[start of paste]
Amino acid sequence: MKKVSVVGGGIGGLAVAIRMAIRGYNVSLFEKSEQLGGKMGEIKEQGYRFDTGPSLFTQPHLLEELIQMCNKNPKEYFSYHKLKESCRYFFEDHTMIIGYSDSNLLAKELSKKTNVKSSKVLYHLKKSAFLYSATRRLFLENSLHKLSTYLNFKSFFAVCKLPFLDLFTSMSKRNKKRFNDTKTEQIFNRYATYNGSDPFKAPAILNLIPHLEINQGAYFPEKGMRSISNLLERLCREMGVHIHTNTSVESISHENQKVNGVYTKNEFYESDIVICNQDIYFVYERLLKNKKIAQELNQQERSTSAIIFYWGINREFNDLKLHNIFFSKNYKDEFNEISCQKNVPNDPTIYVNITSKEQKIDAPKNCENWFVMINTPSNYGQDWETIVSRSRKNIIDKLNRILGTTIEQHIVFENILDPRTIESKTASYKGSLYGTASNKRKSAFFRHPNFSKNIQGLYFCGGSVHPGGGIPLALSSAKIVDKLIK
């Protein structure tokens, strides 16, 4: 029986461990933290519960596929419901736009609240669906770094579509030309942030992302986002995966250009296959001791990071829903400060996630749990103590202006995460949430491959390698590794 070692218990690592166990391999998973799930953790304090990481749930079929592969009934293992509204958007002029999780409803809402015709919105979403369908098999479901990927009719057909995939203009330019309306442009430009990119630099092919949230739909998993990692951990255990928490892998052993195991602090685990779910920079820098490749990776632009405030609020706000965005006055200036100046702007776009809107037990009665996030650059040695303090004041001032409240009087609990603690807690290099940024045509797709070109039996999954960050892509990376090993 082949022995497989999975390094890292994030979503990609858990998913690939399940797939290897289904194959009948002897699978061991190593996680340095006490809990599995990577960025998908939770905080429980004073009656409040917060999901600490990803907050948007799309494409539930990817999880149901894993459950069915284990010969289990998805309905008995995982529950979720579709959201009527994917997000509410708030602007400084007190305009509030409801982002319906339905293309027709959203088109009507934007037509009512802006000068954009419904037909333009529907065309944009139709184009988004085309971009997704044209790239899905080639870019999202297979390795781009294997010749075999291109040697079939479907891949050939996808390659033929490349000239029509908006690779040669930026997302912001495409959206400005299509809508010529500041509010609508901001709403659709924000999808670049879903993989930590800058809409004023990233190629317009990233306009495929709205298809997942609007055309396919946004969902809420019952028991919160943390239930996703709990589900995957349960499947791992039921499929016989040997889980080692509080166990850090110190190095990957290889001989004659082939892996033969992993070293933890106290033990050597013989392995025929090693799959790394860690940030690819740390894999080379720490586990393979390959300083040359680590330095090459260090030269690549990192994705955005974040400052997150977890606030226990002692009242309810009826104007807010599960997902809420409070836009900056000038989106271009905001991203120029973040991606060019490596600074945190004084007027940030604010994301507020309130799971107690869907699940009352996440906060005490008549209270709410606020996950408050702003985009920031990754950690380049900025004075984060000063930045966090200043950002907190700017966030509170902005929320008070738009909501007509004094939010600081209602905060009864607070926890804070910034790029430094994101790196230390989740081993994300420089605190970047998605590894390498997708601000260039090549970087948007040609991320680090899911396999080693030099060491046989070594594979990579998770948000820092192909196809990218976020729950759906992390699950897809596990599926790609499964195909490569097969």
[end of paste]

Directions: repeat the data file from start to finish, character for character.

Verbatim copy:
Amino acid sequence: MKKVSVVGGGIGGLAVAIRMAIRGYNVSLFEKSEQLGGKMGEIKEQGYRFDTGPSLFTQPHLLEELIQMCNKNPKEYFSYHKLKESCRYFFEDHTMIIGYSDSNLLAKELSKKTNVKSSKVLYHLKKSAFLYSATRRLFLENSLHKLSTYLNFKSFFAVCKLPFLDLFTSMSKRNKKRFNDTKTEQIFNRYATYNGSDPFKAPAILNLIPHLEINQGAYFPEKGMRSISNLLERLCREMGVHIHTNTSVESISHENQKVNGVYTKNEFYESDIVICNQDIYFVYERLLKNKKIAQELNQQERSTSAIIFYWGINREFNDLKLHNIFFSKNYKDEFNEISCQKNVPNDPTIYVNITSKEQKIDAPKNCENWFVMINTPSNYGQDWETIVSRSRKNIIDKLNRILGTTIEQHIVFENILDPRTIESKTASYKGSLYGTASNKRKSAFFRHPNFSKNIQGLYFCGGSVHPGGGIPLALSSAKIVDKLIK
């Protein structure tokens, strides 16, 4: 029986461990933290519960596929419901736009609240669906770094579509030309942030992302986002995966250009296959001791990071829903400060996630749990103590202006995460949430491959390698590794 070692218990690592166990391999998973799930953790304090990481749930079929592969009934293992509204958007002029999780409803809402015709919105979403369908098999479901990927009719057909995939203009330019309306442009430009990119630099092919949230739909998993990692951990255990928490892998052993195991602090685990779910920079820098490749990776632009405030609020706000965005006055200036100046702007776009809107037990009665996030650059040695303090004041001032409240009087609990603690807690290099940024045509797709070109039996999954960050892509990376090993 082949022995497989999975390094890292994030979503990609858990998913690939399940797939290897289904194959009948002897699978061991190593996680340095006490809990599995990577960025998908939770905080429980004073009656409040917060999901600490990803907050948007799309494409539930990817999880149901894993459950069915284990010969289990998805309905008995995982529950979720579709959201009527994917997000509410708030602007400084007190305009509030409801982002319906339905293309027709959203088109009507934007037509009512802006000068954009419904037909333009529907065309944009139709184009988004085309971009997704044209790239899905080639870019999202297979390795781009294997010749075999291109040697079939479907891949050939996808390659033929490349000239029509908006690779040669930026997302912001495409959206400005299509809508010529500041509010609508901001709403659709924000999808670049879903993989930590800058809409004023990233190629317009990233306009495929709205298809997942609007055309396919946004969902809420019952028991919160943390239930996703709990589900995957349960499947791992039921499929016989040997889980080692509080166990850090110190190095990957290889001989004659082939892996033969992993070293933890106290033990050597013989392995025929090693799959790394860690940030690819740390894999080379720490586990393979390959300083040359680590330095090459260090030269690549990192994705955005974040400052997150977890606030226990002692009242309810009826104007807010599960997902809420409070836009900056000038989106271009905001991203120029973040991606060019490596600074945190004084007027940030604010994301507020309130799971107690869907699940009352996440906060005490008549209270709410606020996950408050702003985009920031990754950690380049900025004075984060000063930045966090200043950002907190700017966030509170902005929320008070738009909501007509004094939010600081209602905060009864607070926890804070910034790029430094994101790196230390989740081993994300420089605190970047998605590894390498997708601000260039090549970087948007040609991320680090899911396999080693030099060491046989070594594979990579998770948000820092192909196809990218976020729950759906992390699950897809596990599926790609499964195909490569097969």